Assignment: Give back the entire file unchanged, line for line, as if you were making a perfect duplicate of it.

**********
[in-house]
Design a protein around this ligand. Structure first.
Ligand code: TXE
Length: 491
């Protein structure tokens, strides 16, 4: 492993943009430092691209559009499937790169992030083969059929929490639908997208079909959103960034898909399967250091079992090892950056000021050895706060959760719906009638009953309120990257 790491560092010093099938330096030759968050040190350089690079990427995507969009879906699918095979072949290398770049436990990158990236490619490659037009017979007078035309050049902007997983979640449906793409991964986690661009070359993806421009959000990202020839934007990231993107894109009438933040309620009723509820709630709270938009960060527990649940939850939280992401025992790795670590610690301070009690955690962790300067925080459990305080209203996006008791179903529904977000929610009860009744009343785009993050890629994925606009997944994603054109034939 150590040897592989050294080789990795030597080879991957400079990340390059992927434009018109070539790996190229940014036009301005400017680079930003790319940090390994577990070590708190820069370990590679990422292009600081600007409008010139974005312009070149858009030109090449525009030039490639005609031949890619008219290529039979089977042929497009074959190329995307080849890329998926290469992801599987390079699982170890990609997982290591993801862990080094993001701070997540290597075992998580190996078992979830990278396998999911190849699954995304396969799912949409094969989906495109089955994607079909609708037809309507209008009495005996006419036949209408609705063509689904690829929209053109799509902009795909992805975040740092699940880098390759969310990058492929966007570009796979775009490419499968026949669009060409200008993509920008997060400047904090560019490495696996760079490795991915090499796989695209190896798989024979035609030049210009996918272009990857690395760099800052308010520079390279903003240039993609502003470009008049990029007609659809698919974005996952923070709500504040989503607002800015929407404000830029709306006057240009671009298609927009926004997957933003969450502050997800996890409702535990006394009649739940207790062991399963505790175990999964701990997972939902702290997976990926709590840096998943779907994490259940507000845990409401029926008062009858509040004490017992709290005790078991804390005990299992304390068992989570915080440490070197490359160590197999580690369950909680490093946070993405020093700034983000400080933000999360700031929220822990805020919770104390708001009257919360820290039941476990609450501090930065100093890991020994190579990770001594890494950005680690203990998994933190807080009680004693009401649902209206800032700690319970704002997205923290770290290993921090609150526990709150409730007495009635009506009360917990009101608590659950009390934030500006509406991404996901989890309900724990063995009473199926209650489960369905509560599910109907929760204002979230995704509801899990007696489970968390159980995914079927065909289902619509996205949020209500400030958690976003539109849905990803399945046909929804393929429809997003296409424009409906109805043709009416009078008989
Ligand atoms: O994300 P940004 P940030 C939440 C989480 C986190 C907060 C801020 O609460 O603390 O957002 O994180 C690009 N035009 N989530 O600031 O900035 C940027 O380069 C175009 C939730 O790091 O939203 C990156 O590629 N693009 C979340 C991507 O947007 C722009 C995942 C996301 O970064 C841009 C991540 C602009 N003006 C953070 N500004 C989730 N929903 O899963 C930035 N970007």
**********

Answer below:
[in-house]
Design a protein around this ligand. Structure first.
Ligand code: TXE
Length: 491
């Protein structure tokens, strides 16, 4: 492993943009430092691209559009499937790169992030083969059929929490639908997208079909959103960034898909399967250091079992090892950056000021050895706060959760719906009638009953309120990257 790491560092010093099938330096030759968050040190350089690079990427995507969009879906699918095979072949290398770049436990990158990236490619490659037009017979007078035309050049902007997983979640449906793409991964986690661009070359993806421009959000990202020839934007990231993107894109009438933040309620009723509820709630709270938009960060527990649940939850939280992401025992790795670590610690301070009690955690962790300067925080459990305080209203996006008791179903529904977000929610009860009744009343785009993050890629994925606009997944994603054109034939 150590040897592989050294080789990795030597080879991957400079990340390059992927434009018109070539790996190229940014036009301005400017680079930003790319940090390994577990070590708190820069370990590679990422292009600081600007409008010139974005312009070149858009030109090449525009030039490639005609031949890619008219290529039979089977042929497009074959190329995307080849890329998926290469992801599987390079699982170890990609997982290591993801862990080094993001701070997540290597075992998580190996078992979830990278396998999911190849699954995304396969799912949409094969989906495109089955994607079909609708037809309507209008009495005996006419036949209408609705063509689904690829929209053109799509902009795909992805975040740092699940880098390759969310990058492929966007570009796979775009490419499968026949669009060409200008993509920008997060400047904090560019490495696996760079490795991915090499796989695209190896798989024979035609030049210009996918272009990857690395760099800052308010520079390279903003240039993609502003470009008049990029007609659809698919974005996952923070709500504040989503607002800015929407404000830029709306006057240009671009298609927009926004997957933003969450502050997800996890409702535990006394009649739940207790062991399963505790175990999964701990997972939902702290997976990926709590840096998943779907994490259940507000845990409401029926008062009858509040004490017992709290005790078991804390005990299992304390068992989570915080440490070197490359160590197999580690369950909680490093946070993405020093700034983000400080933000999360700031929220822990805020919770104390708001009257919360820290039941476990609450501090930065100093890991020994190579990770001594890494950005680690203990998994933190807080009680004693009401649902209206800032700690319970704002997205923290770290290993921090609150526990709150409730007495009635009506009360917990009101608590659950009390934030500006509406991404996901989890309900724990063995009473199926209650489960369905509560599910109907929760204002979230995704509801899990007696489970968390159980995914079927065909289902619509996205949020209500400030958690976003539109849905990803399945046909929804393929429809997003296409424009409906109805043709009416009078008989
Ligand atoms: O994300 P940004 P940030 C939440 C989480 C986190 C907060 C801020 O609460 O603390 O957002 O994180 C690009 N035009 N989530 O600031 O900035 C940027 O380069 C175009 C939730 O790091 O939203 C990156 O590629 N693009 C979340 C991507 O947007 C722009 C995942 C996301 O970064 C841009 C991540 C602009 N003006 C953070 N500004 C989730 N929903 O899963 C930035 N970007």